Introduction: Making a mistake is critical to improving. The mistake
reveals what went wrong and how to improve in the future. The world
is filled with two classes of people: those who mostly learn (if at
all) from their own mistakes, and those who mostly learn from the
mistakes of others. Learning from the mistakes of others is not only
less painful, but much more efficient. You get the benefit of the
improvement without suffering the loss of the mistake. Our lesson
this week is about the mother of all mistakes – the fall of humans
into sin. Let’s dive into our study of the Bible and see what
valuable lessons we can learn from the mistakes of Adam and Eve!

  1. The Opponent

    1. Read Genesis 3:1. Who is this serpent? Is this really one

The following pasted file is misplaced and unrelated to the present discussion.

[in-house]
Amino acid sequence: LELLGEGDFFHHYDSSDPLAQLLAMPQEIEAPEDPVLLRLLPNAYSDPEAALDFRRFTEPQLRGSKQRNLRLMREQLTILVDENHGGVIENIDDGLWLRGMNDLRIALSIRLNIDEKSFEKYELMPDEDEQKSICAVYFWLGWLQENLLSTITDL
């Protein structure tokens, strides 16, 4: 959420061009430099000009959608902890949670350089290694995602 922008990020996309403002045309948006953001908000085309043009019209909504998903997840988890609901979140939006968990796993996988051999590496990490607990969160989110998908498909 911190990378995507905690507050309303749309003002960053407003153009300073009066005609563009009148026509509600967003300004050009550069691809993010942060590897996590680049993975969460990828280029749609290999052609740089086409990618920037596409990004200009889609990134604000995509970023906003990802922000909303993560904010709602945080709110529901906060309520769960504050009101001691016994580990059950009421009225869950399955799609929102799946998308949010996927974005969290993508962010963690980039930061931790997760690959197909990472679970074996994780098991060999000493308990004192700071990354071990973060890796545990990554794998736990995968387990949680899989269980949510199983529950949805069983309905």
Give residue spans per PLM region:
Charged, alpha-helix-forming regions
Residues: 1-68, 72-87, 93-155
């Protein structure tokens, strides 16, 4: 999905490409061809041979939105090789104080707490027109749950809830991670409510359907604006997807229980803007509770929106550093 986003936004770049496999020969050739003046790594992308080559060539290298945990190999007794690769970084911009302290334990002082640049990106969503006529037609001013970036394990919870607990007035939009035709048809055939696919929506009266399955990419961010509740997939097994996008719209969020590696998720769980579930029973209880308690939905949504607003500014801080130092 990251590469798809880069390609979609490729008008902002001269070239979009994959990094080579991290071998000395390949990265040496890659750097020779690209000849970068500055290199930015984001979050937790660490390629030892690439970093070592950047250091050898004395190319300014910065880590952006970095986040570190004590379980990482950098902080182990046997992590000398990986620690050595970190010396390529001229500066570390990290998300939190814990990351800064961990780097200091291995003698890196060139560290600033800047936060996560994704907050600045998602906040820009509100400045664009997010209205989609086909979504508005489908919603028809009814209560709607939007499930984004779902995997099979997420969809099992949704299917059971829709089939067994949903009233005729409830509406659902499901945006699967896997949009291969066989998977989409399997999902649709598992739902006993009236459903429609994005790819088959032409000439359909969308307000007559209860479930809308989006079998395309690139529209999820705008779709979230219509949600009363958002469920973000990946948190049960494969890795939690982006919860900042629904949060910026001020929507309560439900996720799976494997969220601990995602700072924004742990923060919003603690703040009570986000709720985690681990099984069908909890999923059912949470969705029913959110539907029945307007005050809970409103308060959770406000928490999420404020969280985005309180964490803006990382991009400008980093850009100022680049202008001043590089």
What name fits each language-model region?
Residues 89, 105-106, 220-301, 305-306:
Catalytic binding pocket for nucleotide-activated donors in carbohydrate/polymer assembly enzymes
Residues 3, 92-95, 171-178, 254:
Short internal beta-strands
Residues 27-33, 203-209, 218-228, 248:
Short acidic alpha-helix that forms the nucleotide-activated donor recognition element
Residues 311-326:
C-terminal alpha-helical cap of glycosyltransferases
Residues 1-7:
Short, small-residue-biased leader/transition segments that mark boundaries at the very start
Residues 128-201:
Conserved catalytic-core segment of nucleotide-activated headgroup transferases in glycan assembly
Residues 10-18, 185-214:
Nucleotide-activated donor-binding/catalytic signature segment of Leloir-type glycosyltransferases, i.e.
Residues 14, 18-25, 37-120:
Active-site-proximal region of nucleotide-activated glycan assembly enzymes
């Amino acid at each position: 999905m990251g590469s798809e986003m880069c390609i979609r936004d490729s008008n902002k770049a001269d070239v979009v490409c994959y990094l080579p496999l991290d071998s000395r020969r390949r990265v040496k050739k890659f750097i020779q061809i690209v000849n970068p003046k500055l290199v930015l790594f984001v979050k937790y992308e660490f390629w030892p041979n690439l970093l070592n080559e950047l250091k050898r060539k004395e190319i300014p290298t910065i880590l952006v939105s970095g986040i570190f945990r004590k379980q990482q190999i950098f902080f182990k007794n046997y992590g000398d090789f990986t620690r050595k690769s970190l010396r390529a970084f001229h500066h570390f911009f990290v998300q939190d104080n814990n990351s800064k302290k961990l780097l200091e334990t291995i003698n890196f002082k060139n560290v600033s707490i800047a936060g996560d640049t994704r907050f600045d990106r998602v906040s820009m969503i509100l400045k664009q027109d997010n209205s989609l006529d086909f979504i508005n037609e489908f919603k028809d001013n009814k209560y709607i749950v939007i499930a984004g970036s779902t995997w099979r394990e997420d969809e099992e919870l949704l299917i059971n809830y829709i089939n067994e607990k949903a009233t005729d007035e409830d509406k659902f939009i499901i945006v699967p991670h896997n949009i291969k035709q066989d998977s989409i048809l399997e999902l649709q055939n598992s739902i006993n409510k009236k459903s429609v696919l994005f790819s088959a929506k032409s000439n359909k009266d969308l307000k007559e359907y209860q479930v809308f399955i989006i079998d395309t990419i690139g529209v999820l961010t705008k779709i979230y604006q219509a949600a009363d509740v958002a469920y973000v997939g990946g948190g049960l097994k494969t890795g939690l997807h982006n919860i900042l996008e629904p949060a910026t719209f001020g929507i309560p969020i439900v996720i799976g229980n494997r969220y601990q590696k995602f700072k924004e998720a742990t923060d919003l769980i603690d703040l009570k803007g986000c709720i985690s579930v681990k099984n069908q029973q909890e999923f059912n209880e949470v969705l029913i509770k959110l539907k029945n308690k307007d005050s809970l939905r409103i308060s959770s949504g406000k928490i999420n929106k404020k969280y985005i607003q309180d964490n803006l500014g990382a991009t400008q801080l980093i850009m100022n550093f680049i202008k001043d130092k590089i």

of the “good” animals which God had created? (Read
      Revelation 12:9. Satan appeared as an animal.)

    2. Read Matthew 4:1-3. Is the Devil, or Satan, a mythical
      character? (No. This is an actual, intelligent, being.)

    3. Look at again at Genesis 3:1. Why do you think that Satan
      appeared to Eve disguised as a serpent, but appeared
      undisguised to Jesus? (Read Revelation 12:7-9. Satan had a
      history in heaven. Jesus knew him.)

      1. What lesson can we learn from the fact that Satan
        appeared to Eve in a disguised form?

        1. Could friends, even religious friends, be doing
          the work of Satan in our life?

      2. What does Revelation 12:9 teach us about Satan’s
        mission on earth? (To lead us astray. We can see here
        that Satan is a warlord, he is a commander, he is not
        just an intelligent being. Ezekiel 28 suggestions